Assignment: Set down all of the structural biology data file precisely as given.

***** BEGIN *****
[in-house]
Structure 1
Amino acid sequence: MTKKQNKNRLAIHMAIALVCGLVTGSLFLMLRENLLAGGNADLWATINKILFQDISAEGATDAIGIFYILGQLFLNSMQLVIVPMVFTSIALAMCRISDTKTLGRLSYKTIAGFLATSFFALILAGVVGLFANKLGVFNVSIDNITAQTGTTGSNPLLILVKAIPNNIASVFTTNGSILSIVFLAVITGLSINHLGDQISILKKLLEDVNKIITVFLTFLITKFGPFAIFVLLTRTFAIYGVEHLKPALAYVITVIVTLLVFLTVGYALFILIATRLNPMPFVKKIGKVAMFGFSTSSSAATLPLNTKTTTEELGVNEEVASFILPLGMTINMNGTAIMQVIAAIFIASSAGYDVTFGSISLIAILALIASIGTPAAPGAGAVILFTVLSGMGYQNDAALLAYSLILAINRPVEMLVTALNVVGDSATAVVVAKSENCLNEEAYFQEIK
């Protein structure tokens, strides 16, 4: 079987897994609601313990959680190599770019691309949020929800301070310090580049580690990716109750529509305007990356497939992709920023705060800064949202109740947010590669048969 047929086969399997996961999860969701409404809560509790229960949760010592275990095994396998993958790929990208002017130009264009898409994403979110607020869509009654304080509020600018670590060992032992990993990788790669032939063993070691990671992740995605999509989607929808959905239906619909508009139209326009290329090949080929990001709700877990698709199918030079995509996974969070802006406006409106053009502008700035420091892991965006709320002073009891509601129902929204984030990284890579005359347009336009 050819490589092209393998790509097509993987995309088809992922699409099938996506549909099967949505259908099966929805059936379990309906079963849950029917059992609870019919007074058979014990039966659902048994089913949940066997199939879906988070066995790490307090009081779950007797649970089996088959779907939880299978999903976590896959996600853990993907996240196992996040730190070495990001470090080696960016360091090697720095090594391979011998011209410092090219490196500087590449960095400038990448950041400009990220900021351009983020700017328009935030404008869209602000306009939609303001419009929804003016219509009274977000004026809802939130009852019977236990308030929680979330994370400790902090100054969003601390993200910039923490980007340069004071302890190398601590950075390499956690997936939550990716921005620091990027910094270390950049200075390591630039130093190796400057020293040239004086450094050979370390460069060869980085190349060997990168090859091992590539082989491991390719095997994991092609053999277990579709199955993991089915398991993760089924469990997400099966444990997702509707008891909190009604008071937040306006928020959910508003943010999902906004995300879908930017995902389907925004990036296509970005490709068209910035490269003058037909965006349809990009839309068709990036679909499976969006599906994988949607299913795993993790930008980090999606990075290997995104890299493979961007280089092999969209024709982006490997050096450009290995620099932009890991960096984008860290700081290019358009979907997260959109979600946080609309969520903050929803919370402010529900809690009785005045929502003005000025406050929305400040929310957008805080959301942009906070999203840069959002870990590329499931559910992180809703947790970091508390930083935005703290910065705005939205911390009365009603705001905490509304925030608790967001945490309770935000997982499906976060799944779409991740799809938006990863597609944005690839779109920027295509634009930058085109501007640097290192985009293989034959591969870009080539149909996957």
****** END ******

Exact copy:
[in-house]
Structure 1
Amino acid sequence: MTKKQNKNRLAIHMAIALVCGLVTGSLFLMLRENLLAGGNADLWATINKILFQDISAEGATDAIGIFYILGQLFLNSMQLVIVPMVFTSIALAMCRISDTKTLGRLSYKTIAGFLATSFFALILAGVVGLFANKLGVFNVSIDNITAQTGTTGSNPLLILVKAIPNNIASVFTTNGSILSIVFLAVITGLSINHLGDQISILKKLLEDVNKIITVFLTFLITKFGPFAIFVLLTRTFAIYGVEHLKPALAYVITVIVTLLVFLTVGYALFILIATRLNPMPFVKKIGKVAMFGFSTSSSAATLPLNTKTTTEELGVNEEVASFILPLGMTINMNGTAIMQVIAAIFIASSAGYDVTFGSISLIAILALIASIGTPAAPGAGAVILFTVLSGMGYQNDAALLAYSLILAINRPVEMLVTALNVVGDSATAVVVAKSENCLNEEAYFQEIK
């Protein structure tokens, strides 16, 4: 079987897994609601313990959680190599770019691309949020929800301070310090580049580690990716109750529509305007990356497939992709920023705060800064949202109740947010590669048969 047929086969399997996961999860969701409404809560509790229960949760010592275990095994396998993958790929990208002017130009264009898409994403979110607020869509009654304080509020600018670590060992032992990993990788790669032939063993070691990671992740995605999509989607929808959905239906619909508009139209326009290329090949080929990001709700877990698709199918030079995509996974969070802006406006409106053009502008700035420091892991965006709320002073009891509601129902929204984030990284890579005359347009336009 050819490589092209393998790509097509993987995309088809992922699409099938996506549909099967949505259908099966929805059936379990309906079963849950029917059992609870019919007074058979014990039966659902048994089913949940066997199939879906988070066995790490307090009081779950007797649970089996088959779907939880299978999903976590896959996600853990993907996240196992996040730190070495990001470090080696960016360091090697720095090594391979011998011209410092090219490196500087590449960095400038990448950041400009990220900021351009983020700017328009935030404008869209602000306009939609303001419009929804003016219509009274977000004026809802939130009852019977236990308030929680979330994370400790902090100054969003601390993200910039923490980007340069004071302890190398601590950075390499956690997936939550990716921005620091990027910094270390950049200075390591630039130093190796400057020293040239004086450094050979370390460069060869980085190349060997990168090859091992590539082989491991390719095997994991092609053999277990579709199955993991089915398991993760089924469990997400099966444990997702509707008891909190009604008071937040306006928020959910508003943010999902906004995300879908930017995902389907925004990036296509970005490709068209910035490269003058037909965006349809990009839309068709990036679909499976969006599906994988949607299913795993993790930008980090999606990075290997995104890299493979961007280089092999969209024709982006490997050096450009290995620099932009890991960096984008860290700081290019358009979907997260959109979600946080609309969520903050929803919370402010529900809690009785005045929502003005000025406050929305400040929310957008805080959301942009906070999203840069959002870990590329499931559910992180809703947790970091508390930083935005703290910065705005939205911390009365009603705001905490509304925030608790967001945490309770935000997982499906976060799944779409991740799809938006990863597609944005690839779109920027295509634009930058085109501007640097290192985009293989034959591969870009080539149909996957």